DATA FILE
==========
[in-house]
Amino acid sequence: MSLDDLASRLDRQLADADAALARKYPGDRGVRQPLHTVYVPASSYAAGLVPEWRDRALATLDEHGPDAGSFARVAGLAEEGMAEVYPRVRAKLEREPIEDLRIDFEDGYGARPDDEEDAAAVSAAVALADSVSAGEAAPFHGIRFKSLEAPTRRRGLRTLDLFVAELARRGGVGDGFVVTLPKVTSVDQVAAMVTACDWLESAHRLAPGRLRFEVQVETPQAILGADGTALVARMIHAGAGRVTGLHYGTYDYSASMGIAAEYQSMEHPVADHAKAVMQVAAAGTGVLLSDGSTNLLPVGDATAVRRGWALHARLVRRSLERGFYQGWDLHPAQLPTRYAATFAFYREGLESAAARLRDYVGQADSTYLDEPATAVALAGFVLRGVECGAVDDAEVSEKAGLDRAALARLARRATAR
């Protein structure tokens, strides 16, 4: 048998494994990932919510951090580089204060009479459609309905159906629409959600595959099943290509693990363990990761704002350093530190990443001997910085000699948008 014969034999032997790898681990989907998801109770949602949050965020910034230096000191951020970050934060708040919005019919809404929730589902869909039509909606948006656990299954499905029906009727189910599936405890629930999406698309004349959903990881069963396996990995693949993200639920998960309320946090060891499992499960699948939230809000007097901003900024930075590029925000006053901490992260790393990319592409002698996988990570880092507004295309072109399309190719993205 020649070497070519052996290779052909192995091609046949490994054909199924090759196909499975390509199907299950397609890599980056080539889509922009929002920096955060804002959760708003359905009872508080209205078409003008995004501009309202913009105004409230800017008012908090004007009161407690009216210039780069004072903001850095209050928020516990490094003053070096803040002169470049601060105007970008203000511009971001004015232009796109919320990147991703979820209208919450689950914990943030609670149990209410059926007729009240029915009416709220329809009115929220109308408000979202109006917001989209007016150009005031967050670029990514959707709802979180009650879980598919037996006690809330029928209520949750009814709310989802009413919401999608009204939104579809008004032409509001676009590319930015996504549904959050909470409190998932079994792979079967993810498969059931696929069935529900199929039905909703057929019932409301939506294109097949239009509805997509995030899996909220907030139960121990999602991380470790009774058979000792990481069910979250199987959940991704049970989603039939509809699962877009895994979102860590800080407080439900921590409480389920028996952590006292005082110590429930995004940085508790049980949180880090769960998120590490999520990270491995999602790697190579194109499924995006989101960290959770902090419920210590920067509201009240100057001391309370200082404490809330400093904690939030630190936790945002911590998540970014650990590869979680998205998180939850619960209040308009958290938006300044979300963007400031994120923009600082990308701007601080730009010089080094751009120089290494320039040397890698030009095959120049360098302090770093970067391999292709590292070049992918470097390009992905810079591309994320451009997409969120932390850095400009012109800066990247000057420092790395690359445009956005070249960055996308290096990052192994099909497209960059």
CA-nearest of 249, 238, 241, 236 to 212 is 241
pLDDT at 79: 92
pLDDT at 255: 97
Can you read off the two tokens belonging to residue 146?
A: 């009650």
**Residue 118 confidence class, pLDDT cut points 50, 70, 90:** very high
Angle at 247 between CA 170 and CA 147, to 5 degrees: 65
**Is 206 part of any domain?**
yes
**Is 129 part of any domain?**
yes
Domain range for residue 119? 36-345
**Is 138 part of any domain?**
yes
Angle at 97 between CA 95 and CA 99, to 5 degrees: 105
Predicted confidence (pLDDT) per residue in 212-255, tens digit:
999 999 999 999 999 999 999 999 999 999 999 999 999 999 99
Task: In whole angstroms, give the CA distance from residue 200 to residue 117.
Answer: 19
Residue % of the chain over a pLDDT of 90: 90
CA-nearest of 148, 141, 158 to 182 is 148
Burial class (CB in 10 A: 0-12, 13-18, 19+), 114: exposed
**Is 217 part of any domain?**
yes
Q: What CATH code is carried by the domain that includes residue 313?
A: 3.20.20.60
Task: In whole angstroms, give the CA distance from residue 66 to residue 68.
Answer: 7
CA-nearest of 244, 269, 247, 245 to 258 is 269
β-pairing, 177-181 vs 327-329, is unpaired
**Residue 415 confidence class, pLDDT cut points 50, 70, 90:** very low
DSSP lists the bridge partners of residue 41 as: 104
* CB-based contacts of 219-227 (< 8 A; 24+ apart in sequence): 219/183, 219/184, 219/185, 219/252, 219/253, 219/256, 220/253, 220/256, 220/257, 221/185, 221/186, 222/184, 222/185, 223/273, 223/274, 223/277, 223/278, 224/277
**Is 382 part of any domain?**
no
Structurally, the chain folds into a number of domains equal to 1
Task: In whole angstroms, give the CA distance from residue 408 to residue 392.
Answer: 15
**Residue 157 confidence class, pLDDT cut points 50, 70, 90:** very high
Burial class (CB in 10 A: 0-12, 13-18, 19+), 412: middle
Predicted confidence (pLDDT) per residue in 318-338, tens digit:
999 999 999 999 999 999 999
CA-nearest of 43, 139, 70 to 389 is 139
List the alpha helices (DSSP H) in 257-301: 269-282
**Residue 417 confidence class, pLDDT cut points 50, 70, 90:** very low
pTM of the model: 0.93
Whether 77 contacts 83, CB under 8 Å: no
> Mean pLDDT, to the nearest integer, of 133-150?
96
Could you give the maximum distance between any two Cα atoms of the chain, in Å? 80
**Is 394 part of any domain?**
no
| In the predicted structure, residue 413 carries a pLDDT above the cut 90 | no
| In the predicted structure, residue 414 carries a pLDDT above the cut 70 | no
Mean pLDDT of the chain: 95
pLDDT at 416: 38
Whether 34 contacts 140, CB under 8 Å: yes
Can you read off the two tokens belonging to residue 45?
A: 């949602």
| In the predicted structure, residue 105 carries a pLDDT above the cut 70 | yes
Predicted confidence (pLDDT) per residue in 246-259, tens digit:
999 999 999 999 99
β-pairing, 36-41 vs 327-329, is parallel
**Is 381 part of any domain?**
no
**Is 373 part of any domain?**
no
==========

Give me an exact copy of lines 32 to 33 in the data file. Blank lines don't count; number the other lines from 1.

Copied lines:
CA-nearest of 244, 269, 247, 245 to 258 is 269
β-pairing, 177-181 vs 327-329, is unpaired